The shelter determined that the kitten's missing eye and jaw disfigurement were the result of an unknown injury, but in addition to those ailments, Sir Stuffington also had a heart murmur, upper respiratory infection, flea anemia and the highly contagious calicivirus.
After treating his severe flea infestation and giving him antibiotics, the shelter placed Sir Stuffington and his brothers with foster parent Blazer Scaffer.
Inspired by the tiny kitten's rescue story, Scaffer decided to share it with the world and created a Facebook page for Sir Stuffington.
She began posting photos and updates about his progress, but it wasn't until she posted a picture of him dressed as a pirate that his popularity really took
Dog at memorial serviceA four-legged soldier and a Marine confined to a wheelchair are helping each other heal at McGuire Veterans Hospital in Richmond, Va.Read More »from Retired Military Dog Helps Marine Heal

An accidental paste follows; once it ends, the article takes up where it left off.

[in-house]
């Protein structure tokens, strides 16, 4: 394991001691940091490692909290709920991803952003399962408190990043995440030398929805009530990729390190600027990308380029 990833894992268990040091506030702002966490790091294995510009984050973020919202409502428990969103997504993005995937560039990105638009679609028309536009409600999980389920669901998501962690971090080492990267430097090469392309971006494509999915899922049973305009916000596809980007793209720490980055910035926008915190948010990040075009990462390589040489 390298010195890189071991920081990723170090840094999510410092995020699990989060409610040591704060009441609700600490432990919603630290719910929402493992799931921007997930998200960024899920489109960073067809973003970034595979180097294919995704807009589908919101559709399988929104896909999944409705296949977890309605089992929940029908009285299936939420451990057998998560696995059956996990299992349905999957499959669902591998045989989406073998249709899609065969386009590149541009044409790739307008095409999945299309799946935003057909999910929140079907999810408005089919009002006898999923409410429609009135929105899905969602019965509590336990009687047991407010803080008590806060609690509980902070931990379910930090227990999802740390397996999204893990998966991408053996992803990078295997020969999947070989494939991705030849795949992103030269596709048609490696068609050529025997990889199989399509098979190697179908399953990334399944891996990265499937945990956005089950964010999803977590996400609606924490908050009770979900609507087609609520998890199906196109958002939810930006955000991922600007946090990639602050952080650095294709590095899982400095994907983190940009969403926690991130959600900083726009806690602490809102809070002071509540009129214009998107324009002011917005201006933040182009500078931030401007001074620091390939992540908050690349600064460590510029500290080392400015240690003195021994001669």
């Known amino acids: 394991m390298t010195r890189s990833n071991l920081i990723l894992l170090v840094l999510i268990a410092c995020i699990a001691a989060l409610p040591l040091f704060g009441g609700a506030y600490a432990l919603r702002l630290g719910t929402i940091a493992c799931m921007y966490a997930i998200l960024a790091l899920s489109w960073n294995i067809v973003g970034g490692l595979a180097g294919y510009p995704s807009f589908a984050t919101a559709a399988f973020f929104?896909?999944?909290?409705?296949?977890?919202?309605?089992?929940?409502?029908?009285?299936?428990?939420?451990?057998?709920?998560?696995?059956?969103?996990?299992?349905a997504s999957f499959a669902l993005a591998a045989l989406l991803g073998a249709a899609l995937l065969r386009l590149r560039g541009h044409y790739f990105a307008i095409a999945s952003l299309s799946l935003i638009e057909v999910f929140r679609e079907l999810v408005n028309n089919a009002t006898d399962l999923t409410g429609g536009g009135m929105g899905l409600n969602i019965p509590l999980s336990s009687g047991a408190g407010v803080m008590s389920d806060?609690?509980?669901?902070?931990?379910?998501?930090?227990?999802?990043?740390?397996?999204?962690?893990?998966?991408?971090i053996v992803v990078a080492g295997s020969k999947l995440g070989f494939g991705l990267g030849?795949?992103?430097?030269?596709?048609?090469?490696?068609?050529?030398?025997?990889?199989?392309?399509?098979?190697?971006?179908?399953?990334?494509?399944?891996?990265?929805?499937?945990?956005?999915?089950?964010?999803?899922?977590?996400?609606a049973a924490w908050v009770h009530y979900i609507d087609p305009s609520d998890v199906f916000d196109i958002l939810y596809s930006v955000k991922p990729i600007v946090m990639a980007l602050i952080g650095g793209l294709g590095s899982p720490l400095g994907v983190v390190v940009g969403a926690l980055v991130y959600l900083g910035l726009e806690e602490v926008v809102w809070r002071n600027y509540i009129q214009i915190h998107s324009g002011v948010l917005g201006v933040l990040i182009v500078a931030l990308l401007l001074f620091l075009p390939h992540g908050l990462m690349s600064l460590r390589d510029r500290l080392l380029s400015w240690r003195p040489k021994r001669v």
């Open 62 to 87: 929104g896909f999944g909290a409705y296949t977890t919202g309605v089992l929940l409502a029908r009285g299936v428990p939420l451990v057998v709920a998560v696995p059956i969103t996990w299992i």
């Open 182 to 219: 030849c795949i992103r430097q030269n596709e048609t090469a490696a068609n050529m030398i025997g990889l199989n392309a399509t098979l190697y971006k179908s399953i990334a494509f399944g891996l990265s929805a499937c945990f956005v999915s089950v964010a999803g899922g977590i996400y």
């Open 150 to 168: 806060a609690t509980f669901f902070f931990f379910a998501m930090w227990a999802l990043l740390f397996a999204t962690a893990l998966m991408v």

Yeager, a 7-year-old black Labrador, has completed two tours of duty in Afghanistan and one in Iraq and sniffed out more than 100 improvised explosive devices.
The heroic dog saved countless lives and has been awarded two Purple Heart military medals, but in April 2012 his heart was broken when his handler, Lance Cpl. Abraham Tarwoe, was killed by a roadside bomb in Afghanistan.
The explosion also injured Yeager. The dog took shrapnel to the nose and chest, and he lost part of an ear.
Also see: 5 lesser-known facts about service dogs
But the loss of his handler was the hardest for Yeager. At Tarwoe's memorial service, the dog lay down beside the Marine's cross and refused to leave.
"They had to pull him away," Marine Sgt. David Tupper told WTVR. "Since he was also injured, it was kind of like a two-way street. He lost his handler, but was also going